substantive evils that Congress has a right to prevent. It is a
question of proximity and degree."
Justice Holmes said, "We think it necessary to add to what
has been said in Schenck v. United States . . . only that the
First Amendment while prohibiting legislation against free
speech as such cannot have been, and obviously was not, intended
to give immunity for every possible use of language. We venture
to believe that neither Hamilton nor Madison, nor any other
competent person then or later, ever supposed that to make
criminal the counseling of a murder within the jurisdiction of
Congress would be an unconstitutional interference with free
The Court wanted to draw a clear line between free speech and
harmful speech, but their reasoning was blunt The effect of the
ruling was a stifling of protest and dissent.
In the case of Frohwerk, the Supreme Court used the Schnek
decision to uphold the convictions of two newspaper workers for
publishing articles which condemned the war. The Schnek decision
was also used by the Supreme Court in 1919 to uphold the
conviction of Eugene Debs under the Espionage Act for giving a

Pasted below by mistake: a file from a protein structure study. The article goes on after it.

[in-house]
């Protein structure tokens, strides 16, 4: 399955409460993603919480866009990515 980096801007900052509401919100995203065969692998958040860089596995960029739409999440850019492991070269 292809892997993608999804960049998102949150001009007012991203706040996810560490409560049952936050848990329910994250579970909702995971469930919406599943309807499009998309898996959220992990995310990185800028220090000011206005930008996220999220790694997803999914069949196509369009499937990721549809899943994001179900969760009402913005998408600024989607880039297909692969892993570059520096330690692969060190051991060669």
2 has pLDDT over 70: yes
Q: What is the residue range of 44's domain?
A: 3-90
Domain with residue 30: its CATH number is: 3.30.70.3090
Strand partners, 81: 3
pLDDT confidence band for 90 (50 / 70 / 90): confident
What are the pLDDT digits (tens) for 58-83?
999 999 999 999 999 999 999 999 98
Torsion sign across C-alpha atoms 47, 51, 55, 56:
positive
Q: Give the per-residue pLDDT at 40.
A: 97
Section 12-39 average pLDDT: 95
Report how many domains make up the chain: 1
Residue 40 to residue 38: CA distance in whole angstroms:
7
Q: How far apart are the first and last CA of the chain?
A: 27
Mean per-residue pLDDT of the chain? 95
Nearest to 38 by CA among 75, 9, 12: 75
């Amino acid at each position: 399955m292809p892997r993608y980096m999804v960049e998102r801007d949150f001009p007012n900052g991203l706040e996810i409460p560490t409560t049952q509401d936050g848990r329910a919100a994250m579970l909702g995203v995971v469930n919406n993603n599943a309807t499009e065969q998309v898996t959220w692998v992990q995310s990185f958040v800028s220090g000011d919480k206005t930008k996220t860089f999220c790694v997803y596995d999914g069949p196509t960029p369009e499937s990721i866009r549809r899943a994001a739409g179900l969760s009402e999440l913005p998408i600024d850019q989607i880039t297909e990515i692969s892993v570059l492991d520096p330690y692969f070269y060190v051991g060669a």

public address condemning capitalism, advocating socialism, and
speaking in defense of those who had been imprisoned for
exercising their free speech rights. Similarly, in the case of
Abrams, the Supreme Court upheld the conviction for distributing
Eventually Holmes would move away from his ruling on Schnek in
his dissent in the Court's upholding of Abrams. Justice Holmes
worried in his minority opinion that, "A patriot might think
that we were wasting money on aeroplanes, or making more cannon
of a certain kind than we needed, and might advocate curtailment
In the 1917 case of Masses Publishing v Patten, at the beginning
of WWI, Masses Publishing had argued against the postmaster